For many Chesapeake anglers Thanksgiving signals an end to fishing for the late season stripers. The weather starts cooling off, thoughts turn to turkey and football games, and boats start coming out of the water. But some years this is when the fishing really gets hot. Bigger fish from New England start making their way back into the Bay in October and really show up in November and December. This can turn into one of the best times to catch a great fish on fly.
Fall is often associated with excellent topwater and shallow water fishing for stripers. This is definitely the case but this fishing will also last surprisingly late into the season, thanks to fewer boats on the water and the related boat traffic that puts off the fish. Fishing shorelines with light-tackle gear and topwater baits is one of the most exciting eats one can experience when striper fishing – and the only way to improve on that is to do it on a fly. Throwing a fly under a tree branch or dock or some sort of structure and getting an aggressive eat is worthy of having your friend film on their phone. This takes more skill than open water fly fishing but the payoff is worth it.
I like to use eight-weights with floating lines designed for bonefish. The bonefish lines seem to turn over flies more effectively than a general-purpose line or a steelhead line, which is important since topwater flies meant for stripers tend to be difficult to cast and that difficulty is magnified by the fact that the angler is trying to hit a target that might be small and impeded by trees or docks.
Faster fly rods will push these big flies better and more accurately than slower rods. You can even overline them if need be, to get the cast you’re looking for. Slower rods seem to have a hard time punching the tight loop that is required place the fly exactly where you want it. The loop opens up with the slower rod allowing a ton of wind resistance on an already wind resistant fly and leader. Some anglers prefer a medium or medium-fast rod in this scenario as they feel it makes short quick casts easier, as is the case with bonefishing, but for me, in both cases I would rather have the power and accuracy of a fast rod.
When it comes to topwater flies my three favorites are crease flies, gurglers, and the “Bob’s Banger” type popper. Crease flies are easy to tie and cast pretty well. They also float high, don’t get waterlogged, and they definitely push a lot of water. Gurglers are great when one wants to make a slow and stealthy presentation. The flies land softly and the spun hackle on them move subtly in the water, to the point it almost does not need to be stripped. This fly is also a good shrimp-imitation if that opportunity ever comes up. Last but not least is the banger. This fly casts terribly, especially in larger iterations, but pushes a ton of water. When the water is off-color or the fish are aggressive, this is the fly to go to. Moving up to a nine-weight can help avoid wearing out ones’ arm with a big honking fly like this.
Striper leaders do not get as much attention and debate as bonefish or tarpon leaders, but in this context there are a couple of factors to consider. In most circumstances the visibility won’t be more than three or four feet; even so I like a nine foot leader. This way if the fish is stationary or cruising slowly it will not see the fly at the same time as the line goes by. If the fly line is off-putting to the fish I don’t want it to be anywhere near the fly. I don’t think a clear tip is necessary, but adequate distance between the line and fly helps a lot.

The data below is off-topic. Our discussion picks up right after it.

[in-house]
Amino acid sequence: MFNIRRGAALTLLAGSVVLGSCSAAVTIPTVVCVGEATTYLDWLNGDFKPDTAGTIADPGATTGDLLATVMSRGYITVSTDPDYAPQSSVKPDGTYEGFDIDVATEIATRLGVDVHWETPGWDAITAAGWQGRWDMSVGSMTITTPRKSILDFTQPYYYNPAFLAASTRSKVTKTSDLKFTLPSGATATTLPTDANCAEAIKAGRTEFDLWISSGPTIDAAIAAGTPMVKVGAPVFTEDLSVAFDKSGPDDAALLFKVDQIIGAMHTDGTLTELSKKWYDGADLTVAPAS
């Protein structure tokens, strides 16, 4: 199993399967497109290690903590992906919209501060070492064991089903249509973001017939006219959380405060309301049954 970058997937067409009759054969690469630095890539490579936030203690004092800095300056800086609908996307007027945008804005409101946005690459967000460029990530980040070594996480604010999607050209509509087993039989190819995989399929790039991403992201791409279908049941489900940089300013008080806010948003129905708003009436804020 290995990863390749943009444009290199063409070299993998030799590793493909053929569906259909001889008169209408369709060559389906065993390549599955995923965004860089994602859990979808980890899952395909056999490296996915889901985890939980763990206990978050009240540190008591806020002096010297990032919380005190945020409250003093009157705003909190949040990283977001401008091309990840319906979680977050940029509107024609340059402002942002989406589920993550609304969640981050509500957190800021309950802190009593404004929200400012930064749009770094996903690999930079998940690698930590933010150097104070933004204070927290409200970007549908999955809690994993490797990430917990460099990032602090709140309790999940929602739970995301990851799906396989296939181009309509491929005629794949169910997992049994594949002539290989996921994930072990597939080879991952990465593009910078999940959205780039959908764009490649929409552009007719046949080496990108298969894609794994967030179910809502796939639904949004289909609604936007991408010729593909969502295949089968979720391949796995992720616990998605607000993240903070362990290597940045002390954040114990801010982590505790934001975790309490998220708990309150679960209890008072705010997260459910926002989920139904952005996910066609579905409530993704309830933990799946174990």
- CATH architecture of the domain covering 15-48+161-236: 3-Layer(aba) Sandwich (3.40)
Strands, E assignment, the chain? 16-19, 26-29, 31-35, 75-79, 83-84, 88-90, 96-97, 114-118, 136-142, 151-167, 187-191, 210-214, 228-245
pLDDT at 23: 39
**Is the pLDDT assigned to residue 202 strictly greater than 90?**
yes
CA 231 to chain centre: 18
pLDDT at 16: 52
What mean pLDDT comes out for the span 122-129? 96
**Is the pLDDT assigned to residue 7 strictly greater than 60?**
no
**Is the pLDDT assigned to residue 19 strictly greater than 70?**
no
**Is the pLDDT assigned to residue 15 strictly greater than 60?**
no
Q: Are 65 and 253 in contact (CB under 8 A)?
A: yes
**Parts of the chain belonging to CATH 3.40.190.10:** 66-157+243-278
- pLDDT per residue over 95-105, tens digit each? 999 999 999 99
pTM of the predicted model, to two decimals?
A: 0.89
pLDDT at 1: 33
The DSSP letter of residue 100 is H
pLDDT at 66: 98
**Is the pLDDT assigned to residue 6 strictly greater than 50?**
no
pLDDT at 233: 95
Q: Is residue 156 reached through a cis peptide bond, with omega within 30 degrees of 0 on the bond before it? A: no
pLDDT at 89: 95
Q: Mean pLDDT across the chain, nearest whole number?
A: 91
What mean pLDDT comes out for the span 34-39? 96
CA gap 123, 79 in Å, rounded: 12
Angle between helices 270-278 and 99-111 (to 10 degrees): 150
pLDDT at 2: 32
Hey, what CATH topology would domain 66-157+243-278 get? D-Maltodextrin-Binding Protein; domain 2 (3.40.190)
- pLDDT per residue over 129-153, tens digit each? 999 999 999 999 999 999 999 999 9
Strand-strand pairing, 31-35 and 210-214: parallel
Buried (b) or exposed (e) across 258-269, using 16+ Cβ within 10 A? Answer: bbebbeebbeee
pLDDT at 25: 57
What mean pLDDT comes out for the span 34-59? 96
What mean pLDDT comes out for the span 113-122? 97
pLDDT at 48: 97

For the leader itself I do a three-foot butt section of 40 pound flouro blood knotted to 25 or 30 pound flouro, which then is blood knotted to 15 pound tippet. This strong butt section helps to turn over heavy flies or punch into the wind. The 15 pound flouro is enough to pull fish out of cover but also pull flies out of trees and weed without being so heavy that it puts off fish. When fishing deeper water 20 pound tippet is fine but I think lighter is better in this scenario. Some go with 40 pound mono in the butt section so that it floats, but these flies float well enough that flouro still works.
Many types of boats work when fishing shallow shorelines since it’s usually at least two or three feet deep where the boat is drifting. Having said that, I think it is fun to take our 14-foot Panga right up along the shoreline and pole it along as though we were stalking bonefish. This definitely is not necessary, but it’s fun and a huge change of pace. A jon boat works here, or a small Whaler. In bigger boat just be sure to figure out your drift so that you can run the motor as little as possible. Not only does this help to avoid scaring off fish but in the shallows in the fall there are leaves and sticks and all manner of garbage just begging to get sucked into an impeller.
Fishing open water in the late fall is not terribly dissimilar to the early fall and summer. Obviously, you would fish blitzing fish with a fly rod as you would over the summer. Floating lines and the same big topwater flies will draw vicious strikes. With sinking lines, try getting a big half and half or other menhaden fly below the frenzy to where the fish over 30 inches might be lurking.
When the blitzes are not showing or you want to look for a big fly rod fish, the same rules as light tackle fishing apply – with the exception that it’s tougher to get the fly down to the where they may be eating. Casting to the 11 or one o’clock positions and feathering a bunch of slack line out helps to get the fly down, and then a fast single-hand strip once it swings around can draw strikes from deep or suspended fish.
Despite the falling of the leaves and the tempting couch and football game, don’t put that fly rod away just yet – there are still fish to catch and you may even get your fly rod striper of the year, in the late fall.
- By Michael Behot